St Magnus the Martyr Church

St Magnus the Martyr

St Magnus the Martyr was the second church to be damaged during the Great Fire of London in 1666 and was subsequently rebuilt by Sir Christopher Wren (born 20 October 1632 – died 25 February 1723) at a cost of £9,580. Read More »

St Margaret's Church, Hornby

The Grade I listed St Margaret's Church in Hornby was founded by Sir Edward Stanley, Lord Mounteagle, in 1514, the tower of which still stands. (An earlier church had been on the site dating from around 1338). Read More »

St Mary's Bleeding Gravestone

St Mary’s Church is the last resting place of Richard Smith who was killed on 12th April 1727, aged 20 years old. A recruiting sergeant for the army had come to Hinckley and was informing a crowd of potential new soldiers about the virtues of taking the King’s shilling, when Richard started barracking him, making jokes and quips. Read More »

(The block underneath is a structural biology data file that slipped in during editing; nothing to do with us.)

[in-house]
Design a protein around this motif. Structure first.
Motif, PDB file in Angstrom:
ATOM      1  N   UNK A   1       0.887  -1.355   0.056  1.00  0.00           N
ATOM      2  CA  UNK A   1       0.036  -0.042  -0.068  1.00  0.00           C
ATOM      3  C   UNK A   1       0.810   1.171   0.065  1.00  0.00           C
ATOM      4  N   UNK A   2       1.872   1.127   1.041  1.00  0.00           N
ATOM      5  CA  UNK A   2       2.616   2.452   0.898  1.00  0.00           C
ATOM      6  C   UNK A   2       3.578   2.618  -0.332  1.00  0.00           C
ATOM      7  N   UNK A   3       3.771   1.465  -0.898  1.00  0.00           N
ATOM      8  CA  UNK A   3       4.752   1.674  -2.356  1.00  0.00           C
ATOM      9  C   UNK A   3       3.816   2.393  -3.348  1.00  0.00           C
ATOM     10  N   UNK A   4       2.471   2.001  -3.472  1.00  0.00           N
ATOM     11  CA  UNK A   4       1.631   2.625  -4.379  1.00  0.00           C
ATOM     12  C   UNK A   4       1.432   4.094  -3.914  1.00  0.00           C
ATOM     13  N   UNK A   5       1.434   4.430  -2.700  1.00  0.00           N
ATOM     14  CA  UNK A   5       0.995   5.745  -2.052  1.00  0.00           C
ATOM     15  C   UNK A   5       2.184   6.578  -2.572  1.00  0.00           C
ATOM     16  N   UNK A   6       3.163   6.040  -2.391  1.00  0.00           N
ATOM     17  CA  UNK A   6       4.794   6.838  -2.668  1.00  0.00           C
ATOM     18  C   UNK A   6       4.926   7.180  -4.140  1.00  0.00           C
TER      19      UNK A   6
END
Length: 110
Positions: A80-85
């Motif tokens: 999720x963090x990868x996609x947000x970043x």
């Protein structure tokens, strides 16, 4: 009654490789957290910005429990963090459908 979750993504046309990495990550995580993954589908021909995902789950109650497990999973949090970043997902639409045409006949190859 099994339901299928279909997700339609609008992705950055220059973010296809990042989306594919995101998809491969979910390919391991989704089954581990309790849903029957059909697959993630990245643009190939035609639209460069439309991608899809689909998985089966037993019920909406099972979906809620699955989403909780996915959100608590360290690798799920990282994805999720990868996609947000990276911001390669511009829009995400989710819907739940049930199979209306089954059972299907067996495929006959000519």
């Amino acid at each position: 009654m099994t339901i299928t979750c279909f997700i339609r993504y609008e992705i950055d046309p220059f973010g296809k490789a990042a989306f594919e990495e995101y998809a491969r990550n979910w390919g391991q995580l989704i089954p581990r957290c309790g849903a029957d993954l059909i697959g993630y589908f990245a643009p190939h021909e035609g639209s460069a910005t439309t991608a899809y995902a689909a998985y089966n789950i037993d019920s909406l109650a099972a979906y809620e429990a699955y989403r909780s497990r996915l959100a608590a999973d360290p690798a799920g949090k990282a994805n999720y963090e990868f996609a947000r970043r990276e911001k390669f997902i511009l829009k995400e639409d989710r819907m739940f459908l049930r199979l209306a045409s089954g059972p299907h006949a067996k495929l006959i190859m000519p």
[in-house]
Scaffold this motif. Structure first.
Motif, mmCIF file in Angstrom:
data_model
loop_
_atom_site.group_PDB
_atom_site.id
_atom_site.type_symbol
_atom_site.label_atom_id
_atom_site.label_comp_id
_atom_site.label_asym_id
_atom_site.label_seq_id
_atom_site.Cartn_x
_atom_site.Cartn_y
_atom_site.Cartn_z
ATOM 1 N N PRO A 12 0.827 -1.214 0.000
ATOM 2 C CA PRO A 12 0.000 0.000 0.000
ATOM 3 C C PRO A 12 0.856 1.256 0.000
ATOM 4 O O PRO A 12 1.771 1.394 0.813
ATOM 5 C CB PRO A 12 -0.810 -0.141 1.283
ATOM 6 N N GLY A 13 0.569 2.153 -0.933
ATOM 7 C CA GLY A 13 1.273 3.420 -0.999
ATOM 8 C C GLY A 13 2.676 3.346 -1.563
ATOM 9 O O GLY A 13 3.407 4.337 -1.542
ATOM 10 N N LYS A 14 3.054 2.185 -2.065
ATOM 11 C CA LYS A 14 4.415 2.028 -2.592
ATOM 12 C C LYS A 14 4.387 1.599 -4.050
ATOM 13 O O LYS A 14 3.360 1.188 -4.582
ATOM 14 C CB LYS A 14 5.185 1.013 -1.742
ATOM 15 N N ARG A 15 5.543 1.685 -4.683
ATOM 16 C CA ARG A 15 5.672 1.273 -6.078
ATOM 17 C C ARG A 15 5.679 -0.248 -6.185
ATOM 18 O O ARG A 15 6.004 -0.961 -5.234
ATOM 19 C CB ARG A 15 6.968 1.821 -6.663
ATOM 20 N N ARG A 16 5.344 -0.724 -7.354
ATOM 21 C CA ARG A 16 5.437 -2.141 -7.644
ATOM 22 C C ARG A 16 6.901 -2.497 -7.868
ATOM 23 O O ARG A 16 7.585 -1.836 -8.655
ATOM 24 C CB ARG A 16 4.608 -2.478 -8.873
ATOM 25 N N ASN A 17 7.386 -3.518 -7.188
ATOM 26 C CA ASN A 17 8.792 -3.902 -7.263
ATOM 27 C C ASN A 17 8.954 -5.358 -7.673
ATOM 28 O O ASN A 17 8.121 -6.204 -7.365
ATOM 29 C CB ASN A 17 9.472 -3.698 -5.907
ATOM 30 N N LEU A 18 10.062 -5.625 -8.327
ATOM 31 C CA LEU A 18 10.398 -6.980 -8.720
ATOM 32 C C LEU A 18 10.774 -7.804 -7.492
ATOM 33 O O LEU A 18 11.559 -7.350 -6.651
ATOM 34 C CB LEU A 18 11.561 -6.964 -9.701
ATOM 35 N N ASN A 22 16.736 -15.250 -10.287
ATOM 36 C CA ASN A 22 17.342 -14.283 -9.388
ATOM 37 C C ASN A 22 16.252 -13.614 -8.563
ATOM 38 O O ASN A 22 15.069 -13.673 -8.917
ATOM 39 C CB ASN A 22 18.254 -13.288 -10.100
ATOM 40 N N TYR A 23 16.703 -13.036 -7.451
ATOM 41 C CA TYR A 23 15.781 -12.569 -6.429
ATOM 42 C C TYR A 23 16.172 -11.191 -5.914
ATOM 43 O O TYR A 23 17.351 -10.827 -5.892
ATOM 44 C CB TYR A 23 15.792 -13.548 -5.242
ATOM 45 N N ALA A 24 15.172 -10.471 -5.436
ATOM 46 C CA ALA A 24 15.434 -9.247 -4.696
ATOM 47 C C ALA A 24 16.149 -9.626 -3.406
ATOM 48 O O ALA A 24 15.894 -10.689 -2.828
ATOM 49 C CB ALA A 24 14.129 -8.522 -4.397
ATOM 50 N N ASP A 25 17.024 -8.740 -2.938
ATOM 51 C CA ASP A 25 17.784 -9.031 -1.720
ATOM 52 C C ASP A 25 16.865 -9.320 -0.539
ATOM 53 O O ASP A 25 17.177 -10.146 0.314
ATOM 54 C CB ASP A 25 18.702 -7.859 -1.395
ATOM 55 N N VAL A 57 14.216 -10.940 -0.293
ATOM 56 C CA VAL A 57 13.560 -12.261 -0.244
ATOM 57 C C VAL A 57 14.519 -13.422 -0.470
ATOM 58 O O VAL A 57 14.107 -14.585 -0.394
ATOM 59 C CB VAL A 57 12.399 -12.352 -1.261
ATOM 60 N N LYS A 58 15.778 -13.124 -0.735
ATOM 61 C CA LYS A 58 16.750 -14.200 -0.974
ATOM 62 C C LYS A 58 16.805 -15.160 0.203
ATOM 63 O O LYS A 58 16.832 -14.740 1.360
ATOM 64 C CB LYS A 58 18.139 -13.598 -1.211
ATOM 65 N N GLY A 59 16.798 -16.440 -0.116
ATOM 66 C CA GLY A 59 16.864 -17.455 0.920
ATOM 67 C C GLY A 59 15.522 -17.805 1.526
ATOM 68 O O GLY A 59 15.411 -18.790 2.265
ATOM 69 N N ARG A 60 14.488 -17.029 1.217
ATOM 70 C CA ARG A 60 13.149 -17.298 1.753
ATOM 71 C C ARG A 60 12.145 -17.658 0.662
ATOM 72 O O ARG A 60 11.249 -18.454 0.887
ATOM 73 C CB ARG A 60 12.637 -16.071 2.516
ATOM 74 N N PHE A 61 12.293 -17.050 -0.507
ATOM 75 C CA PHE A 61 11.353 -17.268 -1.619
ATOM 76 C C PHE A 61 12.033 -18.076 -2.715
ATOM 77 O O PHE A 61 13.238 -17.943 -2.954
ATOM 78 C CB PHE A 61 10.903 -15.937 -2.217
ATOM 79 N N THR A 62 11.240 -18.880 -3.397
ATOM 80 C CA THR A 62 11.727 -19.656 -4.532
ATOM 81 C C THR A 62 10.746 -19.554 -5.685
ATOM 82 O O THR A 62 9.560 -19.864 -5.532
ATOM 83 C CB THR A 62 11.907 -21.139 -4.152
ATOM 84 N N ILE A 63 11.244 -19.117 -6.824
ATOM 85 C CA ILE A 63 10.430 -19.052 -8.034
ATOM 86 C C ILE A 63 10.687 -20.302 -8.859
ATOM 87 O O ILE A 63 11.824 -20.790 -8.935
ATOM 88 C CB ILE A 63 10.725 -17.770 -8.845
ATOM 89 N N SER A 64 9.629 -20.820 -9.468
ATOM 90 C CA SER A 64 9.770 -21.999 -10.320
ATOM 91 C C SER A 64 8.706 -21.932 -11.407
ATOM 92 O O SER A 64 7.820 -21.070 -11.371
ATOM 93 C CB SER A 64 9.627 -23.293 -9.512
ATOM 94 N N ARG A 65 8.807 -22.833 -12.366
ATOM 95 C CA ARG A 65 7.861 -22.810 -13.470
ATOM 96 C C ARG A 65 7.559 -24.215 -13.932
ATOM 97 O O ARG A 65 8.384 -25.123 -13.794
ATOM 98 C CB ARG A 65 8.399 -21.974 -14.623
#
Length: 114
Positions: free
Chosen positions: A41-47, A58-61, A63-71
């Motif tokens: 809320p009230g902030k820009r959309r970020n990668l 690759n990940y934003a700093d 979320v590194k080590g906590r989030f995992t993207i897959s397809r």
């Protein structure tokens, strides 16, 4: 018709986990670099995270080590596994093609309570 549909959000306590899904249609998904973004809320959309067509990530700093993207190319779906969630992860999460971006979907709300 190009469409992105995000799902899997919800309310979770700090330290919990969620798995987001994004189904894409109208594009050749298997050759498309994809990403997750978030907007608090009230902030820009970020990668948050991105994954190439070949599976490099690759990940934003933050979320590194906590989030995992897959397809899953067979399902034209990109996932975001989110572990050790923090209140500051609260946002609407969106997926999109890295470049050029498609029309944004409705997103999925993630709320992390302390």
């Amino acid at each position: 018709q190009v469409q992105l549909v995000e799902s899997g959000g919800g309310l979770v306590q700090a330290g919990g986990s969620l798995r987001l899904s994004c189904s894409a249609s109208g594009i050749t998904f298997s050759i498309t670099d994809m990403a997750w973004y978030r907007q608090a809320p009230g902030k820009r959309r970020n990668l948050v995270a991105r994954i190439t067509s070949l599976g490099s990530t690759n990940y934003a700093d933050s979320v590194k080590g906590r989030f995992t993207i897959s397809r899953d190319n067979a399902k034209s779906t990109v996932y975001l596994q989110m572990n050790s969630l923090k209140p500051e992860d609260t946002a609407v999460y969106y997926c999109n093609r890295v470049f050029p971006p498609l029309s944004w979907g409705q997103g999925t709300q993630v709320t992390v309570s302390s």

St Mary's Church, Ambrosden

The church has a siting legend attached to it, every morning when the stone masons returned to the field in which the church was being built, they would find the stones to have mysteriously moved to another site. Eventually after happening on a number of occasions the workmen gave up and built the church where the stones reappeared. The Devil was blamed as the prime suspect. Read More »

St Mary's Church, Ashwell

A headless ghost dressed in black is supposed to haunt the churchyard.

Directions:
Reached via a minor road off the A505 at Slip End.

St Mary's Naval Barracks, Chatham

St Mary's Barracks

The fortification of Chatham started in 1756 and was further improved between 1805 and 1812 in the face of French aggression and the Napoleonic War. Demolished in the 1960's, St. Mary’s Barracks dated from between 1779 and 1782 and was built to house the prisoners who were used to build fort. This of course included French prisoners. Read More »

St Mary’s Church, Barnetby-le-Wold

The church of St Mary’s on Church Hill in Barnetby-le-Wold dates from Saxon times though the current building is rebuilt during the Norman era. The church was actually declared redundant and closed in 1972 soo you cannot visit it without making special arrangements. One special item of note regarding St Mary’s was its lead font which dated from the early 12th century. Read More »